For all Bruckman and Lloyd struggle with sound filmmaking, I’ll give them this much credit. The funniest gag in Feet First would have been impossible in a silent film. After graduating from the “Personality Plus” Corp, Lloyd, gives a speech to roaring applause…which, as the camera pulls out, we realize he’s giving to an empty room at home while he plays the applause on his phonograph.
Also in the plus column is the central romance between Lloyd and Barbara Kent. Lloyd stands out among most romantic comedy makers for telling stories not about a man pursuing a woman but about two people who genuinely, mutually love each other, and Kent’s affection is palpable in every scene they share. The switch to sound can’t totally dampen Lloyd’s own charm either, and he has the benefit of sounding more or less just like you’d expect him to.
In the climax, Lloyd tries to make up for his shortcomings by playing the hits. In his most successful film, Safety Last, he climbs up a building to fill in for his friend who’s supposed to be doing a human fly act to promote a department store. In Feet First, a whole lot of contrivances lead to him doing it again. Lloyd chats with Kent and his boss as they depart on a cruise ship, and ends up still on there when it sails away. The crew hear there’s a stowaway onboard, so Lloyd hides in a mail bag, and somehow doesn’t notice when he’s picked up and flown all the way to New York. But we’re not done contriving yet. Then he rolls over onto a scaffolding that carries him all the way up the building.
But instead of recreating the success of Safety Last, Feet First scene just catalogs all the ways that movie works and this one doesn’t. Lloyd cut the scene down from thirty minutes to around fifteen after a disastrous test screening, and it still feels like an eternity. There’s no music and very little editing to liven it up.
And the addition of sound changes the whole mood. Llloyd’s uncomfortably naturalistic grunting, groaning, and screaming makes it way too real. This isn’t slapstick, this is real, uncomfortable pain.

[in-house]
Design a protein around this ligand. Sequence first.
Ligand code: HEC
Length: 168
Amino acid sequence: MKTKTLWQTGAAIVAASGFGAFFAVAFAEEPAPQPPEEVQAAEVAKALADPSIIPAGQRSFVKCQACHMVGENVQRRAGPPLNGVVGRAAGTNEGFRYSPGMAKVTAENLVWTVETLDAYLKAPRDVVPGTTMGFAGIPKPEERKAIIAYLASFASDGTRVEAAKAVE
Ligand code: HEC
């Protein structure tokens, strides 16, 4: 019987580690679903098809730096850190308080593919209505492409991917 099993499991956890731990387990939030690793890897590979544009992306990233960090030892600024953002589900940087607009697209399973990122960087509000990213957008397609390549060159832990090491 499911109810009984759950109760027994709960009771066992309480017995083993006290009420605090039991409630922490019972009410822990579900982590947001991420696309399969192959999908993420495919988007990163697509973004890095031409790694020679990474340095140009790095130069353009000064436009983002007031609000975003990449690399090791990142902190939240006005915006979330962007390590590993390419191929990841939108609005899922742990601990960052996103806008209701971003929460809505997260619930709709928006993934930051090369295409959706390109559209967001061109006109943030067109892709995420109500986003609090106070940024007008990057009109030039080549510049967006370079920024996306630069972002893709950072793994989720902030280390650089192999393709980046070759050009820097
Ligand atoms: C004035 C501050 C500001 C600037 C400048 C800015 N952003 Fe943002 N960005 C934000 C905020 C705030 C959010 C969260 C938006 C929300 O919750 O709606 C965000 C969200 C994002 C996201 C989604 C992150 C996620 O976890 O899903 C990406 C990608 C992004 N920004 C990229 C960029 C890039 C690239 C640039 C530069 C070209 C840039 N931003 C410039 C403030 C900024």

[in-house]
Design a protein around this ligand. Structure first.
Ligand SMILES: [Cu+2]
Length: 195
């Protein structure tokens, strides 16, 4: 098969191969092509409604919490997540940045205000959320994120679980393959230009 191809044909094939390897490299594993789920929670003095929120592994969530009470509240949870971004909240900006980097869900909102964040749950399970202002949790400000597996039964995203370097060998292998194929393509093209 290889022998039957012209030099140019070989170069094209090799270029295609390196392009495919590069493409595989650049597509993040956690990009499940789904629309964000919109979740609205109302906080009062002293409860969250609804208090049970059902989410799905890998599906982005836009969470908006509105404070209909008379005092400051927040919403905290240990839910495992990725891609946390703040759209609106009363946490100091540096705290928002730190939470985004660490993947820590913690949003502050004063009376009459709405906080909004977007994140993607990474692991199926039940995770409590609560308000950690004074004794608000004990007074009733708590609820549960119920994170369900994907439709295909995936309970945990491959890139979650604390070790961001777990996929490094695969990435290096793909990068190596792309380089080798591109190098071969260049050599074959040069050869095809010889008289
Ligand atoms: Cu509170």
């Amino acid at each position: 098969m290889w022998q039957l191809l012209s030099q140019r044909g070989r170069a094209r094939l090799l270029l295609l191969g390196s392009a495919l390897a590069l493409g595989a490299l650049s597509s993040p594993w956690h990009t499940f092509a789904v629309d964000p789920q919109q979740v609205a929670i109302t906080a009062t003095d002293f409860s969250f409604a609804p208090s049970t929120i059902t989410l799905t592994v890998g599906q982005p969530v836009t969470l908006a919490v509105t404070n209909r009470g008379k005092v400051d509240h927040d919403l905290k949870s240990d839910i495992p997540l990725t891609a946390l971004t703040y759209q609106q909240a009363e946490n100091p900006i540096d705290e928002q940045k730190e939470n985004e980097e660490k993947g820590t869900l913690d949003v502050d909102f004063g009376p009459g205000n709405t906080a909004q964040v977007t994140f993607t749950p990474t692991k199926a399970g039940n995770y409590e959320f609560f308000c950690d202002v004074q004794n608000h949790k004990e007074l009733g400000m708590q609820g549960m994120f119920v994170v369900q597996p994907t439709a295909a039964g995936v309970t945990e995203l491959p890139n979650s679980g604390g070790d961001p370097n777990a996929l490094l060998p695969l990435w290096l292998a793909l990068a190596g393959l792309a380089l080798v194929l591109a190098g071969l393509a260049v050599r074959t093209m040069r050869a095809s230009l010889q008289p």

And instead of Bill Strother as Lloyd’s likable sidekick, Feet First has the skin-crawling minstrelsy of Willie “Sleep ’n’ Eat” Best. The inspiration for the character of the same name in Bamboozled, Sleep ’n’ Eat got his stage name from studio hype that could have come straight out of the slavery days, claiming all he wanted for his work was three square meals and a warm place to sleep. As if that wasn’t bad enough, Lloyd immediately starts calling him “Charcoal” without even asking his name. (I was much happier when I thought he said “Jocko.”)
There’s still some good laughs to be had here, even if there are, if we’re generous, about half as many as the same sequence in Safety Last, with one especially inventive one where Lloyd’s hair literally stands on end, all the more effective for being one of the film’s few close-ups.
But it commits the worst crime a comedy can. Lloyd staggers and teeters on the edge, almost failing and almost falling and — he doesn’t fall. I literally shouted “Oh, come on!” at the screen when that happened.
More contrivances — Lloyd gets ahold of a letter that his boss needs in New York immediately, and wouldn’t you know it, it’s addressed to the exact building he’s been stuck on for the past eternity and a half. The movie ends with Lloyd and Kent finally together. The whole movie, Lloyd’s been trying to copy a trick he saw from a soda jerk, flipping up a spoon by hitting the one it’s resting on. He tries again with two shovels. It works, but the top shovel lands in a paint bucket, spraying paint all over them. And then — that’s it. Less a punchline than a weak slap with a wet towel. Feet First ends where it started: Awkward, poorly timed, trying to imitate past successes and failing flat on its face.
Feet First and many other, better Harold Lloyd movies are streaming on the Criterion Channel